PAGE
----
Best wishes
Claire (Director)
[Note, I have been asked to join previously by other members of the CWA (at least two of them from memory), even though they know I’m a reader not an author. Confused? I am.]

9 thoughts on “What is the future of the Crime Writers’ Association?

  1. This sounds such excellent advice, Maxine. I think not just the CWA, but any other literary association, would be wise to take notice of it!

  2. I wonder how many people, especially authors, are having their say behind the scenes via email? I don’t feel entitled to comment as it is a UK based group that I would be unlikely to join but it’s certainly a positive step that they’ve asked for comment, even if they haven’t really quite gotten the hang of doing consultation via social media (responding to comments, posing more specific questions, trying to generate discussion among commenters etc)

    • Even though the organisation is UK based, there is a lot of publicity generated by the various dagger awards (which Aussies have won😉 ) and I think for example the CWA could let readers nominate or vote for these titles wherever in the world they are. That’s just one, off the top of my head, idea – I feel sure there are many ways in which the CWA could embrace readers everywhere, to our mutual benefit.

  3. Maxine – Thanks for sharing your thoughts on this as well as your excellent response to the CWA article. I’ve been thinking about what I might want to say, myself… Like you, I hope that the CWA will respond to your comment; I’m a firm believer in the value of rich communication between readers, authors and the world of publishing and as you say, the CWA could be a real resource for that. The more organisations tap into the knowledge and perspective that informed readers can bring, the better for all, I think.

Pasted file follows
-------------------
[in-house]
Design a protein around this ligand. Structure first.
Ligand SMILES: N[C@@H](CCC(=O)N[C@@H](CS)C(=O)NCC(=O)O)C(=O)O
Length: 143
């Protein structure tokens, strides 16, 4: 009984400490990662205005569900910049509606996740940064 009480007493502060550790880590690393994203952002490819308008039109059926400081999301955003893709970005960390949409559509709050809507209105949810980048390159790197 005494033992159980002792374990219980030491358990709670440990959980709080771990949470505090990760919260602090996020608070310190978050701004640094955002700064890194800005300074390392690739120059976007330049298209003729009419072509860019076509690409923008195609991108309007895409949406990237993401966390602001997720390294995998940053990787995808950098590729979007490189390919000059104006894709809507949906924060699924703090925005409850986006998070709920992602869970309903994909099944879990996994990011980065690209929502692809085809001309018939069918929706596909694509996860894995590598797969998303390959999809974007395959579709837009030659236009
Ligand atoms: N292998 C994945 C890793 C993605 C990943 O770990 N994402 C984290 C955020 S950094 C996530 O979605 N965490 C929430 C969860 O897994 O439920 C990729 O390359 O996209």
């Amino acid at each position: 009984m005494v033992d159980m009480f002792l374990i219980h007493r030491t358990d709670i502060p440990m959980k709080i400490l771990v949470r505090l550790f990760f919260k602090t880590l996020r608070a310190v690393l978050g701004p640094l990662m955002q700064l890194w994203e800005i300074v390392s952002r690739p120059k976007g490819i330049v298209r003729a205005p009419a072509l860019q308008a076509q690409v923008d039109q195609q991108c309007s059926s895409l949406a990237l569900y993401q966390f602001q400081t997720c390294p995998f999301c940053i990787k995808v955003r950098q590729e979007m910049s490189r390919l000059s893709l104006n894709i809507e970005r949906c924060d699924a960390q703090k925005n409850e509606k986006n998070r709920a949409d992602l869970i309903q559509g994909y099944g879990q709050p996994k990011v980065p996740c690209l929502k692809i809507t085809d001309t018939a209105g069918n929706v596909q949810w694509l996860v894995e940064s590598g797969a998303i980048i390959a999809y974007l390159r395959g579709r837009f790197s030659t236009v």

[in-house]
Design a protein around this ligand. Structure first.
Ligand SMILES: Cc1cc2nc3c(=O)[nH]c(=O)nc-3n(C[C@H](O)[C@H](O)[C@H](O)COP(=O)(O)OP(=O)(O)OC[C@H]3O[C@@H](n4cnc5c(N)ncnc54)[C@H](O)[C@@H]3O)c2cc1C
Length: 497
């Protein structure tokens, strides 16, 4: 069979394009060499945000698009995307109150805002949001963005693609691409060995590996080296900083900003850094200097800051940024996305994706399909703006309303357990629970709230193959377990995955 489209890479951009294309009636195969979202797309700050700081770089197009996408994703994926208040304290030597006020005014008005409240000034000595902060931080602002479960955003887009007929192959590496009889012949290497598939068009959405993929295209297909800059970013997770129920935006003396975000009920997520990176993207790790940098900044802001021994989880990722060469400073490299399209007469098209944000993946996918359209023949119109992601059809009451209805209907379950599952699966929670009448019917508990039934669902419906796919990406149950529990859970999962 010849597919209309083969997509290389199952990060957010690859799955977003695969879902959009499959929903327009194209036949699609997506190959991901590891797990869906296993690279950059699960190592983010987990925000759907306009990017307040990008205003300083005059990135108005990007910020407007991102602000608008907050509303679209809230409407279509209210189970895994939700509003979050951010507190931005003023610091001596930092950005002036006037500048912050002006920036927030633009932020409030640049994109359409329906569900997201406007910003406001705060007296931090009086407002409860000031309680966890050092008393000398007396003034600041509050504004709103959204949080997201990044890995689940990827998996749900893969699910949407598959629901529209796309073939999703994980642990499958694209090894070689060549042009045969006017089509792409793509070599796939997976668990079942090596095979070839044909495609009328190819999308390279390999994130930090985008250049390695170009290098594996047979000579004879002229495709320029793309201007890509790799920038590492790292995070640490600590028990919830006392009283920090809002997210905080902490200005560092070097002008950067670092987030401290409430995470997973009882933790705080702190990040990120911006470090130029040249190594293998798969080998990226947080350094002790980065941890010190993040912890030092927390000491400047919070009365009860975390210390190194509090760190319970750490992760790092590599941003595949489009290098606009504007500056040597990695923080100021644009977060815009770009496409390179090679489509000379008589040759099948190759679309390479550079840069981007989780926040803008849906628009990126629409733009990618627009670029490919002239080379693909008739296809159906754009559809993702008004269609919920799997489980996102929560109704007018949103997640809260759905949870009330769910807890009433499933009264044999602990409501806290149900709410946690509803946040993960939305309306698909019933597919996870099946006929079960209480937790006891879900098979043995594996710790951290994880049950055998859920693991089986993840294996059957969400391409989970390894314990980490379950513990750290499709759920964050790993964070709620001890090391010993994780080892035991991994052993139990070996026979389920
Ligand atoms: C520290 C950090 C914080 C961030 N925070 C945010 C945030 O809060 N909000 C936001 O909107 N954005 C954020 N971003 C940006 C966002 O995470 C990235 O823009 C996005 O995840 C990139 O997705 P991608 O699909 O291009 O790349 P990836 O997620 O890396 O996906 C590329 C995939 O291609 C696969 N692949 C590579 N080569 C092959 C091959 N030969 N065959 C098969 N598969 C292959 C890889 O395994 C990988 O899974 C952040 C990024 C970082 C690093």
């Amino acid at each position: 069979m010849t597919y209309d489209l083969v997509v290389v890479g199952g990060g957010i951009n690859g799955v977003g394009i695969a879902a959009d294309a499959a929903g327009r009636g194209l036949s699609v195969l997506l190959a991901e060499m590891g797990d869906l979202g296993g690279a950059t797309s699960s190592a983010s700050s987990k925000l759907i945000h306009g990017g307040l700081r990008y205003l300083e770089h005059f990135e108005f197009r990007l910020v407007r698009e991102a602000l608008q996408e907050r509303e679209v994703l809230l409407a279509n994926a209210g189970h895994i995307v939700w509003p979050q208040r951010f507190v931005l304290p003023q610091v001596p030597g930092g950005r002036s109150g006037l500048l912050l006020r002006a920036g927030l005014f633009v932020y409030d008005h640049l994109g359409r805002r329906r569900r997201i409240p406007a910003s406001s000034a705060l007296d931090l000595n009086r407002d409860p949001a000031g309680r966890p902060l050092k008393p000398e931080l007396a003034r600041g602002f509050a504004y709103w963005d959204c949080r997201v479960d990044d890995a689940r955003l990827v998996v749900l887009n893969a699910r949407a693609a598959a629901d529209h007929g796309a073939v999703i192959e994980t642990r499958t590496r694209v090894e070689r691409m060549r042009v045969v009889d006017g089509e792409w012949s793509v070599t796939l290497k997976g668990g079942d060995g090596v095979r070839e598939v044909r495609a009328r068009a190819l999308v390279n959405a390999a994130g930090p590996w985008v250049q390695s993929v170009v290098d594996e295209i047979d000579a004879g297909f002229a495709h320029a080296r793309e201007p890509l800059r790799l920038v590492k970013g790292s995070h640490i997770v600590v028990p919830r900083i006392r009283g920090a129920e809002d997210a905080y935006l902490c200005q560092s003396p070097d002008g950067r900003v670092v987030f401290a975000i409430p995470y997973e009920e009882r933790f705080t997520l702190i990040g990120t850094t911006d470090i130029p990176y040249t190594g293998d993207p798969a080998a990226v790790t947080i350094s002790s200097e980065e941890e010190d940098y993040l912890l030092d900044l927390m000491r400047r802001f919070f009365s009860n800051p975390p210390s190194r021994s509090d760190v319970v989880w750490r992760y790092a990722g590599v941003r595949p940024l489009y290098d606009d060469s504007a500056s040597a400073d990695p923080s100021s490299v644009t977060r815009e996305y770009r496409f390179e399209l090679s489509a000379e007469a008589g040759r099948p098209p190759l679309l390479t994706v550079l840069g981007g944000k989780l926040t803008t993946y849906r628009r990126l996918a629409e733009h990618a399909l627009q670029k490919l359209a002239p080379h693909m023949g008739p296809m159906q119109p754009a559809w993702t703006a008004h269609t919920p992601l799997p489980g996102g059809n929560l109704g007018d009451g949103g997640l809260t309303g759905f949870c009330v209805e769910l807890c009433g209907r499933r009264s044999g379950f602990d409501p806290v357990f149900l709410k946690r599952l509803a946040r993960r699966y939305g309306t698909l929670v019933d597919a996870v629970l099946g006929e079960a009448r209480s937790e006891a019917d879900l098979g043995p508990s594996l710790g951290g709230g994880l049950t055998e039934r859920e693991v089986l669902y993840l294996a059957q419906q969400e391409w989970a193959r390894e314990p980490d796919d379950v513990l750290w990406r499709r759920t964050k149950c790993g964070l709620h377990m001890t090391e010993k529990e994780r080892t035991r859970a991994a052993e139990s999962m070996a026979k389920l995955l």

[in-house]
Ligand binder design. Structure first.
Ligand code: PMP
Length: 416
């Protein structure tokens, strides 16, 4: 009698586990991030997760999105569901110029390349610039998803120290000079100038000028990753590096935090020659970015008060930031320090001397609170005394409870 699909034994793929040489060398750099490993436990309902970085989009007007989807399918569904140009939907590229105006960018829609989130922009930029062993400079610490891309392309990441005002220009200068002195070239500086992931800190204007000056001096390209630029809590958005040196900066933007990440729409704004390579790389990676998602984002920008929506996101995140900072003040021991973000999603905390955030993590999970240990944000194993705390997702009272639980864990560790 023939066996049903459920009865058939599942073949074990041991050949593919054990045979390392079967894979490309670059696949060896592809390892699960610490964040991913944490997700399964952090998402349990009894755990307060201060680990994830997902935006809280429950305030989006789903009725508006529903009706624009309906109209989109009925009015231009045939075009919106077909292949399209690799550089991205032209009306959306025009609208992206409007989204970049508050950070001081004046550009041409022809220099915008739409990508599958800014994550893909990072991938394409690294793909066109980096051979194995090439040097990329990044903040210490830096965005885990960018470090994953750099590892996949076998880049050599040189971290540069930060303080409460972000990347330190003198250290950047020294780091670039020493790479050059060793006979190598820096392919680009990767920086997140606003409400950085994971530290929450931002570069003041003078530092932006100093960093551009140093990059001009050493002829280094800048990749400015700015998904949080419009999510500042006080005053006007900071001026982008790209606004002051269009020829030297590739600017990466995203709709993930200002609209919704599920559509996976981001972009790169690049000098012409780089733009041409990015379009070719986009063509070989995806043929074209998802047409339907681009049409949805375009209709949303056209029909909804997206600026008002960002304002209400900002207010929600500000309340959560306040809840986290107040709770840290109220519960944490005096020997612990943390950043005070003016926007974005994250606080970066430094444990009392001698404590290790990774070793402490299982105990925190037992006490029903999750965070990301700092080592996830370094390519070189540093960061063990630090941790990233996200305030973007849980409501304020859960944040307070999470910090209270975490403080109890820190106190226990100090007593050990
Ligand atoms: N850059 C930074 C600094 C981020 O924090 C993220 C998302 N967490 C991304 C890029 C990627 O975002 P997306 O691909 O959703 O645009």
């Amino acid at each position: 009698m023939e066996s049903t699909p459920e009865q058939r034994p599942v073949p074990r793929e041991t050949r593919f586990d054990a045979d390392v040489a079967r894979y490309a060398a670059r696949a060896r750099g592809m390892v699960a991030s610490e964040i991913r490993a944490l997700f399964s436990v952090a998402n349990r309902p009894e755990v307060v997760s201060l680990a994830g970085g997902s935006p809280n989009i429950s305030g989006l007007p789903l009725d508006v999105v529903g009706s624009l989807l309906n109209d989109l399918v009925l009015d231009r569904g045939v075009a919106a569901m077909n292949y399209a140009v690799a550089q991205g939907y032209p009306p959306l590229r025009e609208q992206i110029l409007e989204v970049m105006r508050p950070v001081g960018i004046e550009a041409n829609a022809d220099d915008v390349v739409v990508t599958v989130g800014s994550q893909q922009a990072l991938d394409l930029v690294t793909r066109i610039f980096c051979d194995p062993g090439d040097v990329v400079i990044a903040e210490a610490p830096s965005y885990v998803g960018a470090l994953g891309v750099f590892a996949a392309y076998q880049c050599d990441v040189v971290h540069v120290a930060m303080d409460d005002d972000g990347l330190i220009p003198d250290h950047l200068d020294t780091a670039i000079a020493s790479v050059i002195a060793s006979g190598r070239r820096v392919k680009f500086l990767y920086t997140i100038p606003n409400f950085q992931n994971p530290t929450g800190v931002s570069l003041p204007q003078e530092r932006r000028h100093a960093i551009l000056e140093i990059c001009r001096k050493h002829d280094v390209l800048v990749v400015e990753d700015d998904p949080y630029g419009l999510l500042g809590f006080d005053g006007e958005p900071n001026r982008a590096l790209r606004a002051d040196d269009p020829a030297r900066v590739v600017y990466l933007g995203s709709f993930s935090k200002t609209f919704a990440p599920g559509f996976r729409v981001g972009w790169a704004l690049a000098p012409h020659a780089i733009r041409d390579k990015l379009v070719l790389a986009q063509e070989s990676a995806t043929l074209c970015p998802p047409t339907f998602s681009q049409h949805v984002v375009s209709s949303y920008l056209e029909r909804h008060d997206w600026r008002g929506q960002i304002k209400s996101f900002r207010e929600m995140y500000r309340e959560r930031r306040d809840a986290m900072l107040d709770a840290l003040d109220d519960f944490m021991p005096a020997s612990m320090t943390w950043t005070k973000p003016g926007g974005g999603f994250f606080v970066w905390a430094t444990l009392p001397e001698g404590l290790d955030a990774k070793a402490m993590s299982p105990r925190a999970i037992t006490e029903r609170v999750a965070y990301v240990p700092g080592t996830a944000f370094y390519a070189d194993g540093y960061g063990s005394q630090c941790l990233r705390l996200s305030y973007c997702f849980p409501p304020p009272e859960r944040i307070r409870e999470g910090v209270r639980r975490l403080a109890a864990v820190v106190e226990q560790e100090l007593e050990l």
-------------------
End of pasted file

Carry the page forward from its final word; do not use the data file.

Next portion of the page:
4. I’m a member of the CWA but speak only for myself here, expressing my own personal views. Authors who pay more attention to themselves than to their readers are really putting the cart before the horse. Readers are the most important link in the book chain and authors and author groups are crazy to neglect them. I do think the new CWA initiative to start a readers’ group is a good idea and I hope it’s well supported ‘officially’ as well as by individual authors. I’m sure other CWA authors will agree. These ideas just take time to implement, I expect. I’m sure all authors appreciate your interest. Leigh Russell (CWA Dagger nominee)

    • Just so long as the CWA does not charge us £50 for the privilege! (As we can all start a readers group for nothing.) I do think that there is a bigger picture that an organisation like CWA can foster, though, given all the internet sites, blogs, and groups about crime fiction. I think they are missing out a bit by not being more ambitious about tapping into this content and debate.